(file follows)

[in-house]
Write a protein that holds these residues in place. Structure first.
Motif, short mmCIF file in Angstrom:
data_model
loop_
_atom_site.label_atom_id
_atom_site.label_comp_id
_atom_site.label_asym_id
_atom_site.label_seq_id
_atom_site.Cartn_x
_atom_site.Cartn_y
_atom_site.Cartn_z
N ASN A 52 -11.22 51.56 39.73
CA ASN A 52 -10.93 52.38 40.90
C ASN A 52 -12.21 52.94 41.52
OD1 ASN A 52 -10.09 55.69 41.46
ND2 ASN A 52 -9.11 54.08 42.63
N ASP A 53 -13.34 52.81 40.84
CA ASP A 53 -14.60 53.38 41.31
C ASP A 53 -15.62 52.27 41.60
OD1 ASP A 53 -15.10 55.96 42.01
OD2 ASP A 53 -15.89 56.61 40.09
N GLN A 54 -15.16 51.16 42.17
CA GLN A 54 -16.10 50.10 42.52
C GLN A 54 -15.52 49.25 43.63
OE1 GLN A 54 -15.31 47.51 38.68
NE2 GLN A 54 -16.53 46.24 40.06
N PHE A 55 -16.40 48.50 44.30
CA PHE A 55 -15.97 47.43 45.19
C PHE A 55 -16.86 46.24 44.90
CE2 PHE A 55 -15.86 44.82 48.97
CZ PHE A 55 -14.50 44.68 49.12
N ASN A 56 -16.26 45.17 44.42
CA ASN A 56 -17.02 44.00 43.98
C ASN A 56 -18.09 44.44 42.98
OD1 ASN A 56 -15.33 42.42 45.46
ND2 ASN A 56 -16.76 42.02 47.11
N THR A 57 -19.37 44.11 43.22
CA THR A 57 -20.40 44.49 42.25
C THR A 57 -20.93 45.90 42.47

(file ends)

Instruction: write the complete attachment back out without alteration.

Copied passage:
[in-house]
Write a protein that holds these residues in place. Structure first.
Motif, short mmCIF file in Angstrom:
data_model
loop_
_atom_site.label_atom_id
_atom_site.label_comp_id
_atom_site.label_asym_id
_atom_site.label_seq_id
_atom_site.Cartn_x
_atom_site.Cartn_y
_atom_site.Cartn_z
N ASN A 52 -11.22 51.56 39.73
CA ASN A 52 -10.93 52.38 40.90
C ASN A 52 -12.21 52.94 41.52
OD1 ASN A 52 -10.09 55.69 41.46
ND2 ASN A 52 -9.11 54.08 42.63
N ASP A 53 -13.34 52.81 40.84
CA ASP A 53 -14.60 53.38 41.31
C ASP A 53 -15.62 52.27 41.60
OD1 ASP A 53 -15.10 55.96 42.01
OD2 ASP A 53 -15.89 56.61 40.09
N GLN A 54 -15.16 51.16 42.17
CA GLN A 54 -16.10 50.10 42.52
C GLN A 54 -15.52 49.25 43.63
OE1 GLN A 54 -15.31 47.51 38.68
NE2 GLN A 54 -16.53 46.24 40.06
N PHE A 55 -16.40 48.50 44.30
CA PHE A 55 -15.97 47.43 45.19
C PHE A 55 -16.86 46.24 44.90
CE2 PHE A 55 -15.86 44.82 48.97
CZ PHE A 55 -14.50 44.68 49.12
N ASN A 56 -16.26 45.17 44.42
CA ASN A 56 -17.02 44.00 43.98
C ASN A 56 -18.09 44.44 42.98
OD1 ASN A 56 -15.33 42.42 45.46
ND2 ASN A 56 -16.76 42.02 47.11
N THR A 57 -19.37 44.11 43.22
CA THR A 57 -20.40 44.49 42.25
C THR A 57 -20.93 45.90 42.47